New Lawsuits Show Bank of America Probably Lied to Investors, Too

Less than a week after Bank of America's (NYSE: BAC  ) 10-Q filing gave a glimpse of new legal hassles looming on its horizon, the U.S. Department of Justice and the Securities and Exchange Commission have made their move. Attorney General Eric Holder announced that the DOJ and the SEC have filed suit in Charlotte, North Carolina, over $850 million of residential mortgage-backed securities B of A originated in 2007, and then sold in 2008.

The lawsuits are not a surprise, and suits filed against B of A over crummy mortgages are painfully commonplace. These particular actions, though, are a little different from other legal cases regarding mortgage bonds. These suits revolve around MBSes filled with non-government backed, prime jumbo loans -- and since there is no mention of Countrywide, those loans were apparently originated by Bank of America itself.

And, much like the allegations that B of A deceived and lied to homeowners attempting to refinance their troubled home loans, the government is contending that the bank fibbed to investors purchasing at least two of these toxic securities -- hiding pertinent facts that, if revealed, may have sent investors running for the exits.

A jumbo meltdown
Jumbo loans, generally reserved for the wealthy, had fallen out of favor in the years immediately following the financial meltdown, but they have begun to crop up again over the past year or two. Both Wells Fargo (NYSE: WFC  ) and JPMorgan Chase (NYSE: JPM  ) have been active in the jumbo market lately, loaning out funds in excess of $417,000 for pricey properties, but using more stringent rules than they did back in 2007.

Notably, pre-crisis jumbo loans were being handed out left and right, which resulted in default rates of 6.9% in late 2008, compared with conventional prime loan default rates of 2.1%. In 2008, Bank of America, JPMorgan, and Wells wrote over one-quarter of the jumbo mortgages, which were considered riskier since neither Fannie Mae nor Freddie Mac would back them.

Lending standards were ignored
The lawsuits allege that Bank of America did not comply with its own underwriting standards in regards to these loans. In one of the MBS pools, the government states that over 40% of the nearly 1,200 mortgages contained therein did not adhere to B of A's own parameters.

In addition, more than 70% of those loans were created through Bank of America's wholesale channel, meaning third parties originated the loans. Though B of A knew these channels were delivering loans of dubious quality, it failed to alert investors to this fact.

Because investors were ignorant of these complications, they unknowingly bought into an investment that will, according to the government, likely surpass $100 million in losses. 

A big problem for B of A -- and maybe others
Countrywide has been a big pain in the balance sheet for Bank of America, but it seems that it can't be blamed for this problem. It also looks like this might be just the tip of the jumbo MBS iceberg: The Wall Street Journal has estimated that, between 2002 and 2006, banks wrote $557 billion of jumbo mortgages annually -- 40% of which were bundled into securities that were later sold to investors.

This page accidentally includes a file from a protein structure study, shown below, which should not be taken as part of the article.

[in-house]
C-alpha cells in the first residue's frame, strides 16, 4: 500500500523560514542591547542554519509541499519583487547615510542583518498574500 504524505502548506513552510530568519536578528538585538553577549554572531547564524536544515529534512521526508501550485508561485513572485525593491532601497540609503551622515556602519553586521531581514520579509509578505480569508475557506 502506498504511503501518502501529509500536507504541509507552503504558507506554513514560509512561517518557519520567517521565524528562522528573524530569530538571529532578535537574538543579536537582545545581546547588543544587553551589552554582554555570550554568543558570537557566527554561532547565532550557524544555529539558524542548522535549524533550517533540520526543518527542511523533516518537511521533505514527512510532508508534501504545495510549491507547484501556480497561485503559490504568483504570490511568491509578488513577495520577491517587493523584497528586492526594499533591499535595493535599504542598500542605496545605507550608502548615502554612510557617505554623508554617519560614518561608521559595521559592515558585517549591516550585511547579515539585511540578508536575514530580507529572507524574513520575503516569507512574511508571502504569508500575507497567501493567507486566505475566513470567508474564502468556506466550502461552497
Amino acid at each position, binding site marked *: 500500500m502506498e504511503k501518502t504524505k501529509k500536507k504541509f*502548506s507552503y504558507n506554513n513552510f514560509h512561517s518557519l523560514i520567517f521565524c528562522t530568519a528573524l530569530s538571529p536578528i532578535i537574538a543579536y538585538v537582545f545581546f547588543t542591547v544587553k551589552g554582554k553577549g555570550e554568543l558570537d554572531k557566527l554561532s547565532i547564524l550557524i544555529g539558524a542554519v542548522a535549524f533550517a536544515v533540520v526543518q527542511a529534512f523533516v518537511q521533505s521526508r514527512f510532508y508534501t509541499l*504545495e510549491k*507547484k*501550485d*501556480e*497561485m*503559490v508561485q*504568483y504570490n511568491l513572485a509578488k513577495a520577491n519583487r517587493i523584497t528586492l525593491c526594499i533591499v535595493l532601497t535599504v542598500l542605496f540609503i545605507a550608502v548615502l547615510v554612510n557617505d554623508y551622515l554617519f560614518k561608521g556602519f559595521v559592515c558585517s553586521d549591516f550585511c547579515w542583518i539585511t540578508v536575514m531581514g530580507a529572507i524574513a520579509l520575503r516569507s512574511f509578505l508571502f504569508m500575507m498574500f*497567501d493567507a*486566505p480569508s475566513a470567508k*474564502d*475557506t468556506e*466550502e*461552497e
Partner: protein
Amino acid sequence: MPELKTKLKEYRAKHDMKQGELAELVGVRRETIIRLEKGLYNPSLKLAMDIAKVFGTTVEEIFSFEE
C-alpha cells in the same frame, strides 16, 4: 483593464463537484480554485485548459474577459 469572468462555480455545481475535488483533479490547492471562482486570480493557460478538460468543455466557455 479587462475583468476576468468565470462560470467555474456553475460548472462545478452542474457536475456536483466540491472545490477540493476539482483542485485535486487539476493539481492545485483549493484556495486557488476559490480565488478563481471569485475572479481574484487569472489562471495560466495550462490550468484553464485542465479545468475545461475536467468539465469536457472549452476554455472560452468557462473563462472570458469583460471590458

Will JPMorgan and Wells be next on the jumbo hit list? Perhaps, and there may be more of this kind of trouble for Bank of America, as well. For the nation's biggest banks, the financial crisis may be over, but its legacy will continue to be a drag on their bottom lines – and their reputations.

Stories like these show that not all investments are what they seem. For everyday investors like you and me, however, the best investing approach is to choose great companies and stick with them for the long term. The Motley Fool's free report "3 Stocks That Will Help You Retire Rich" names stocks that could help you build long-term wealth and retire well, along with some winning wealth-building strategies that every investor should be aware of. Click here now to keep reading.


Read/Post Comments (2) | Recommend This Article (2)

Comments from our Foolish Readers

Help us keep this a respectfully Foolish area! This is a place for our readers to discuss, debate, and learn more about the Foolish investing topic you read about above. Help us keep it clean and safe. If you believe a comment is abusive or otherwise violates our Fool's Rules, please report it via the Report this Comment Report this Comment icon found on every comment.

  • Report this Comment On August 07, 2013, at 12:20 PM, srcpl wrote:

    Eric Holder's ignorance will come out in this case, too ! SEC is tagging along for political reasons only !

    Bank of America's attorneys will eat the DOJ and SEC for lunch. Our so-called government is only hurting the consumer !! Eric Holder should spend his time on the IRS SCANDAL , the BENGHAZI SCANDAL, the FAST & FURIOUS SCANDAL, the NSA SCANDAL and all the other OBAMA SCANDALS , and leave the banks alone !! Bank of America will kick their butts !!

  • Report this Comment On August 07, 2013, at 12:34 PM, mweston81 wrote:

    I hardly feel sorry for investors trying to hike up prices on the American people for their own greed. Being lied to by banks should be something they should have been taught during those investor seminars and business 101.

Add your comment.

Sponsored Links

Leaked: Apple's Next Smart Device
(Warning, it may shock you)
The secret is out... experts are predicting 458 million of these types of devices will be sold per year. 1 hyper-growth company stands to rake in maximum profit - and it's NOT Apple. Show me Apple's new smart gizmo!

DocumentId: 2583568, ~/Articles/ArticleHandler.aspx, 10/1/2014 12:49:09 AM

Report This Comment

Use this area to report a comment that you believe is in violation of the community guidelines. Our team will review the entry and take any appropriate action.

Sending report...


Advertisement